‘Newbliss’ review

The Market Place Theatre, Armagh

30 July, 2015

The second of two plays during the John Hewitt International Summer School 2015, ‘Newbliss’ represented a most unusual piece of theatre. It was, in effect, three different things: a play, a poetry reading, and a concert, all in one. And, a few minor flaws aside, this combination made for one of the most interesting and rewarding shows this reviewer has had the privilege to see.

Essentially a memoir brought to life, ‘Newbliss’ (named after the County Monaghan village that proves to be the scene of a key turning point in the playwright’s life) tells the story of Moving Hearts’ Keith Donald, as performed, written and recited by the man himself, from his childhood abuse and early break on BBC Radio at the age of ten, to a varied, successful career in music, juxtaposed with a series of personal tragedies and horrific accidents, and, most insidiously throughout it all, an unhealthy relationship with drink that descends into full-blown alcoholism.

As a piece of writing, ‘Newbliss’ was at once jarring and exciting, the shifts from prose to verse to music often far from seamless, and yet almost more compelling for their rougher, rawer quality. The entire piece brimmed over with heart and humanity, the rhythm of the poetry, the texture of the music, the often understated, surprising revelations in the prose (the sexual abuse and death of a friend in a car crash key early examples of this) all creating a portrait of a fractured, somewhat lost man, with much to give and a genuinely sensitive soul, the sometimes fragmented nature of the writing ultimately helping to illustrate the conflicts and catastrophes that have haunted the playwright his whole life. Just when the story would appear to be letting Donald get on his way and overcome his demons, a new disaster would be lying in wait. Particularly affecting and unsettling for this reviewer was the history of a succession of accidents and car crashes that left Donald with broken bones and injuries throughout much of his youth. Broken bones are perhaps not something we often think of as that serious an affliction anymore, desensitised by fiction and media to regard them as something much like a bad cold, that some time in a cast or plaster will make good as new. But here, Donald told a much darker, psychologically unsettling tale- broken bones leading to partial paralysis, horrific pain, depression and a sense of uselessness, all interlinked in a vicious cycle that made the misfortune start to feel like a cruel game of the gods against a tortured mortal, as the crashes kept happening. It was powerful, thought-provoking stuff. Stylistically, meanwhile, much of Donald’s poetry was beautiful, even if, sometimes, it took a moment to realise he had lapsed into verse, while the music, in particular one stirring, triumphant piece towards play’s end, was a fitting manifestation of the writer’s troubles and angst, and ultimately, his redemption.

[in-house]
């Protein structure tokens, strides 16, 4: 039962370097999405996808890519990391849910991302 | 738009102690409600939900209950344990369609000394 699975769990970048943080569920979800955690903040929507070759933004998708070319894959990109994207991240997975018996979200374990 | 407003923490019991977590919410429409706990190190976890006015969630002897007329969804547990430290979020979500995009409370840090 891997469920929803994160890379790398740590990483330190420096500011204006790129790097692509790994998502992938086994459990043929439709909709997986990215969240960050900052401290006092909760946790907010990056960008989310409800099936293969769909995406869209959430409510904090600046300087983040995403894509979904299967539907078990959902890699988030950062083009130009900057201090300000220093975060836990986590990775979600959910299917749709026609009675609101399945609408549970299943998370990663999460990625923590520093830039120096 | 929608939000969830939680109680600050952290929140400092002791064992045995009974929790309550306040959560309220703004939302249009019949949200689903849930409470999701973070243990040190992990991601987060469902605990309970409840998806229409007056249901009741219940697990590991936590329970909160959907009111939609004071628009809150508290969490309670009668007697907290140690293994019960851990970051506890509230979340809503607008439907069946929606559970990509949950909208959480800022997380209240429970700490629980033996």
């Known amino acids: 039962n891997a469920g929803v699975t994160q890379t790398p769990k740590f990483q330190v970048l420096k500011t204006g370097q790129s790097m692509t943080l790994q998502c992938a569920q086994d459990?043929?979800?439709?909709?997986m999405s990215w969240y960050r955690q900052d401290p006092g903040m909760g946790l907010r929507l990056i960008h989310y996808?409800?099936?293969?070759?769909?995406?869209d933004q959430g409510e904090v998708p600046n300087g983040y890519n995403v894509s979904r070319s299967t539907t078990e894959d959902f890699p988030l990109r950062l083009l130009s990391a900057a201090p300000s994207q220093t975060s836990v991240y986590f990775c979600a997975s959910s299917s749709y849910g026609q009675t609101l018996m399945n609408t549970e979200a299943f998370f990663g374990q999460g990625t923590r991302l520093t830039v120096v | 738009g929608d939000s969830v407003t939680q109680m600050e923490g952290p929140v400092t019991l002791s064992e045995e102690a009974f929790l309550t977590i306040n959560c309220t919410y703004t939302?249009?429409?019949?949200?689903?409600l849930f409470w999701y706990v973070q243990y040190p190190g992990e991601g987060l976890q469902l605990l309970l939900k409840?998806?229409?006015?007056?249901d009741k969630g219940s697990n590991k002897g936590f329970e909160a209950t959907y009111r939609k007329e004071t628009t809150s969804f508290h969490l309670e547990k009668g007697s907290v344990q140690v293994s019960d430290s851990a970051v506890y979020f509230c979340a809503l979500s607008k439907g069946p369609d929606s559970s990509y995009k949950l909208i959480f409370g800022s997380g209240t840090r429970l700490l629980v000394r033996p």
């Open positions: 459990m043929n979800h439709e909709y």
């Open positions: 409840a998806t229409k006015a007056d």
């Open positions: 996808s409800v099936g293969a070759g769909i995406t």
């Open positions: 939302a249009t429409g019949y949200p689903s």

As an actor, Donald fared even better, creating a self portrait of a man currently at peace with himself and his past, and able to relate it all to the audience, and yet, as a result of that peaceful state, almost seeming more vulnerable to being brutalised by the dark memories that struck out of the play like sharp, cruel attacks, evoking empathy for Donald and everything he’d been through, as we wondered how on earth he’d come through it all to arrive at this point of calm. Through body language and posture, often slouching slightly when sitting, or scratching and half-concealing his face when walking around, Donald left an impression of a character ultimately saved, but spiritually injured and left with plenty of nervous tics along the way.

Although the only performer physically on stage throughout, Donald was nonetheless leant surprisingly haunting support by two disembodied voices, that of his younger boyhood self, and a mysterious woman called ‘Ethyl’, whose identity gradually became clear over time. Ruadhan McBride Smith, especially, as the younger Donald, did a genuinely affecting, moving bit of work in the space of a mere few lines, his performance that of a melancholy soul robbed of innocence, while Susan Slott as Ethyl wove a sultry, seductive, and ever so slightly sinister shadow over the play.

Completing the hat trick as his own director, Donald had his real-life character continually move about the dressing room set, lifting and setting down instruments, putting on and removing items of clothing, displaying physical gestures of reflection and pondering, and coming to life as much as his world-weary character could while in the midst of his musical performances, all of which were spaced well throughout the show. Unfortunately, issues with the audio and Donald’s microphone proved jarring at times, certainly in the quieter moments, every small movement the actor made around the set echoing through the theatre, most startlingly as he put on a hat around halfway through, while Donald’s means of departing the stage, though a door at the back that, once opened, allowed the outside world to intrude into that of the play, proved, for this reviewer, unsatisfying. The set itself, meanwhile, a small dressing room adorned with old Moving Hearts posters and memorabilia, was suitably intimate, warm and inviting to the audience, drawing us into Donald’s story and making us want to stay and listen to every line.

‘Newbliss’ was undoubtedly a hybrid, not entirely a play, not entirely a musical performance, but, for the most part, a quite magical and compelling fusion of the two. It wouldn’t be the sort of theatre that would be to everyone’s taste, but, as part of a cultural summer school themed, this year, on the idea of difference, it made for a suitably unusual, and rewarding, form of storytelling.


Christopher Moore.


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